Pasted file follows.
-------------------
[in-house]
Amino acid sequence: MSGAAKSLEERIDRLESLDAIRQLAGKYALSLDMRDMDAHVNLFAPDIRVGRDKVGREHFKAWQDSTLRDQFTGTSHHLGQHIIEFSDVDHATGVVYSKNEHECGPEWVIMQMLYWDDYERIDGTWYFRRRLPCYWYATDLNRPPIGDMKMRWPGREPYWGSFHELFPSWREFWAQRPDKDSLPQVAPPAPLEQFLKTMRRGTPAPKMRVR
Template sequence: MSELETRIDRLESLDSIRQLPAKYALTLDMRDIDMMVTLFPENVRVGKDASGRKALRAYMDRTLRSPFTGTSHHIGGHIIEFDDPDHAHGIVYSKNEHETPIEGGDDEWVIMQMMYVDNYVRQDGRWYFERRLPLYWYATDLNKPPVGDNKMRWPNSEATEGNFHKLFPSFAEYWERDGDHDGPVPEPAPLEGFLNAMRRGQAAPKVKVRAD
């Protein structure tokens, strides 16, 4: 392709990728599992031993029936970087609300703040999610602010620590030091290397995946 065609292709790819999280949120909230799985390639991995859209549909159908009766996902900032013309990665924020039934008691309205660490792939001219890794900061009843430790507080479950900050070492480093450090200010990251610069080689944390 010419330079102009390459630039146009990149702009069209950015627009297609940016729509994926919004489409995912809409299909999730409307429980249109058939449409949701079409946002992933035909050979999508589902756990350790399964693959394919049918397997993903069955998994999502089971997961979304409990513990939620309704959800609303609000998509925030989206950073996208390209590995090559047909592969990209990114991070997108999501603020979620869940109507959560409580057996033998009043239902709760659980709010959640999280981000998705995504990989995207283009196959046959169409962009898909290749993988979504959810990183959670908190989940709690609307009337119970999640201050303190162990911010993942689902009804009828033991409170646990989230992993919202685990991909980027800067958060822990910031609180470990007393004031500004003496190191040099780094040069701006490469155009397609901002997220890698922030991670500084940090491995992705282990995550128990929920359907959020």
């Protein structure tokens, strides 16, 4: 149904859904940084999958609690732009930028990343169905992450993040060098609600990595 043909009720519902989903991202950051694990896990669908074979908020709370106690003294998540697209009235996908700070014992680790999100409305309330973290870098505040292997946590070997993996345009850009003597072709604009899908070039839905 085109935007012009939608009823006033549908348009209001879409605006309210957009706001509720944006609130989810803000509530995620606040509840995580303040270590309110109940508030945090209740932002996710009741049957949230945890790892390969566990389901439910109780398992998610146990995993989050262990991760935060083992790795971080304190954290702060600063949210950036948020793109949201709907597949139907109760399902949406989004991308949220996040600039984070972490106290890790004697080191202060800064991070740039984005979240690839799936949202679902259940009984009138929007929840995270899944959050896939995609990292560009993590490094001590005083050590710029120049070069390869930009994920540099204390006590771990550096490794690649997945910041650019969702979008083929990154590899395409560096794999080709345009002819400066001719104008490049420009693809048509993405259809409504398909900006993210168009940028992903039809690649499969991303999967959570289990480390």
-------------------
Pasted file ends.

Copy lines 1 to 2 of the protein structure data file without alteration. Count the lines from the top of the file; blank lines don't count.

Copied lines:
[in-house]
Amino acid sequence: MSGAAKSLEERIDRLESLDAIRQLAGKYALSLDMRDMDAHVNLFAPDIRVGRDKVGREHFKAWQDSTLRDQFTGTSHHLGQHIIEFSDVDHATGVVYSKNEHECGPEWVIMQMLYWDDYERIDGTWYFRRRLPCYWYATDLNRPPIGDMKMRWPGREPYWGSFHELFPSWREFWAQRPDKDSLPQVAPPAPLEQFLKTMRRGTPAPKMRVR